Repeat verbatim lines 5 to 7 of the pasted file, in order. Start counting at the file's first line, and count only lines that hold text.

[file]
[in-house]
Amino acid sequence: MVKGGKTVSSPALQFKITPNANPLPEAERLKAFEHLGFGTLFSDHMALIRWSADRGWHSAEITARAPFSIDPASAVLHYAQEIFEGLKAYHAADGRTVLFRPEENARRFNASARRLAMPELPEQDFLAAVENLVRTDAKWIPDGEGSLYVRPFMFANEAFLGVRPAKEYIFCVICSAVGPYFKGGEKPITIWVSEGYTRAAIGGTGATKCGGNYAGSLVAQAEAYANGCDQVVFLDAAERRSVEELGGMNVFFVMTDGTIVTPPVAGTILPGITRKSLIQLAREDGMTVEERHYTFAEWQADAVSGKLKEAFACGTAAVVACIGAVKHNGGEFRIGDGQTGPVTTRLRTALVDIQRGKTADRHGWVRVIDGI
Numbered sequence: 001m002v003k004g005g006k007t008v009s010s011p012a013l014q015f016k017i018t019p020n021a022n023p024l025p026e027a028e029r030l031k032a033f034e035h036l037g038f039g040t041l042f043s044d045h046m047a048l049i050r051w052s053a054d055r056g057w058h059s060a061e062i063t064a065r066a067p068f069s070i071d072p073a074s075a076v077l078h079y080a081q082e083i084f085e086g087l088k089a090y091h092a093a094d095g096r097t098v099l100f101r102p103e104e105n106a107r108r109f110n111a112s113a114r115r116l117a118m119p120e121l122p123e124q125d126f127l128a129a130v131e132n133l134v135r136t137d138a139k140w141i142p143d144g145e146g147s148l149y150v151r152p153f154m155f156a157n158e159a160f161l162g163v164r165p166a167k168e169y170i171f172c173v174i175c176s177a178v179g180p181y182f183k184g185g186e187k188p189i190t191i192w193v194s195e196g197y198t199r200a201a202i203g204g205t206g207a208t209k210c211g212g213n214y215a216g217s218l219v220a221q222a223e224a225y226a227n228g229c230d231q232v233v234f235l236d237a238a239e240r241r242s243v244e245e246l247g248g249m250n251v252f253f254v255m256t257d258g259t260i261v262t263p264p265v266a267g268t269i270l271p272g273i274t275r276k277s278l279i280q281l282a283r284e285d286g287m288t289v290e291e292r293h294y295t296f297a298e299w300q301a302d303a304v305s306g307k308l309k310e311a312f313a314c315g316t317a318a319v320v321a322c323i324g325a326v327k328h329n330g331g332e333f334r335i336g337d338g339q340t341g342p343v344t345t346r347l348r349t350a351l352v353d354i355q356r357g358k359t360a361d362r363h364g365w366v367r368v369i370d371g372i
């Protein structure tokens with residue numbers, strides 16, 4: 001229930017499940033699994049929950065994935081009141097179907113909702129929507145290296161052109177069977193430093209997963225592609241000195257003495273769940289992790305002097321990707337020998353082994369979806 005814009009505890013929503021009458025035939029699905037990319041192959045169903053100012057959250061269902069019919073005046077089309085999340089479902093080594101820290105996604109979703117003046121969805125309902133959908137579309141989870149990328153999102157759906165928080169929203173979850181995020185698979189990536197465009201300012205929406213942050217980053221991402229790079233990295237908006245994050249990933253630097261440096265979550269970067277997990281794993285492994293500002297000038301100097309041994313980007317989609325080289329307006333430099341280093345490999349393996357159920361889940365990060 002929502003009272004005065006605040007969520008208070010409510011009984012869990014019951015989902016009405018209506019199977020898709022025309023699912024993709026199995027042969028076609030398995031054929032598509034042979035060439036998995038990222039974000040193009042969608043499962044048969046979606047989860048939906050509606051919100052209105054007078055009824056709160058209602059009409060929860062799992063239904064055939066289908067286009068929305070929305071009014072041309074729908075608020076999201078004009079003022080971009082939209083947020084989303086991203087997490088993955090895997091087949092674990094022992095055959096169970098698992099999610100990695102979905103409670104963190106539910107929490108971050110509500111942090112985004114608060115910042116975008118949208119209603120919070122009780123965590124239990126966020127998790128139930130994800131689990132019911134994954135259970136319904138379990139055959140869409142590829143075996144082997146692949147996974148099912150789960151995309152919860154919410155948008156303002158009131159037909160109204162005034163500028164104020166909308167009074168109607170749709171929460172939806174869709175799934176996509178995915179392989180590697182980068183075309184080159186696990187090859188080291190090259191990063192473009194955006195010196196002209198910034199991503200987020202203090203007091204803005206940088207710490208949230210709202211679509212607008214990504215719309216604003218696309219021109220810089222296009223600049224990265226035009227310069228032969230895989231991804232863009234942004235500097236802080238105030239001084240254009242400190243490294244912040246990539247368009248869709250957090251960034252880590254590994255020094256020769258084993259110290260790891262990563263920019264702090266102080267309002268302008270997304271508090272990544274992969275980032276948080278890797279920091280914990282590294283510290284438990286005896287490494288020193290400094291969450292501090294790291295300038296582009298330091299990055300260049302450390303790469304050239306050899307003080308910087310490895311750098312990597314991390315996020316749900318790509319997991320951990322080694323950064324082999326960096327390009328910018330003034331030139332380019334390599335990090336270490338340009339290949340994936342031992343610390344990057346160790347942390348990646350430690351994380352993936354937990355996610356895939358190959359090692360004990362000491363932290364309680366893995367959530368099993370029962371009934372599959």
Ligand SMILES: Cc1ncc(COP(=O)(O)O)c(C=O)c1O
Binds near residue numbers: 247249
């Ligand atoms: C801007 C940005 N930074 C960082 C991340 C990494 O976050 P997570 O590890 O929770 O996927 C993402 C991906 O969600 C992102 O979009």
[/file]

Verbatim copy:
Ligand SMILES: Cc1ncc(COP(=O)(O)O)c(C=O)c1O
Binds near residue numbers: 247249
């Ligand atoms: C801007 C940005 N930074 C960082 C991340 C990494 O976050 P997570 O590890 O929770 O996927 C993402 C991906 O969600 C992102 O979009």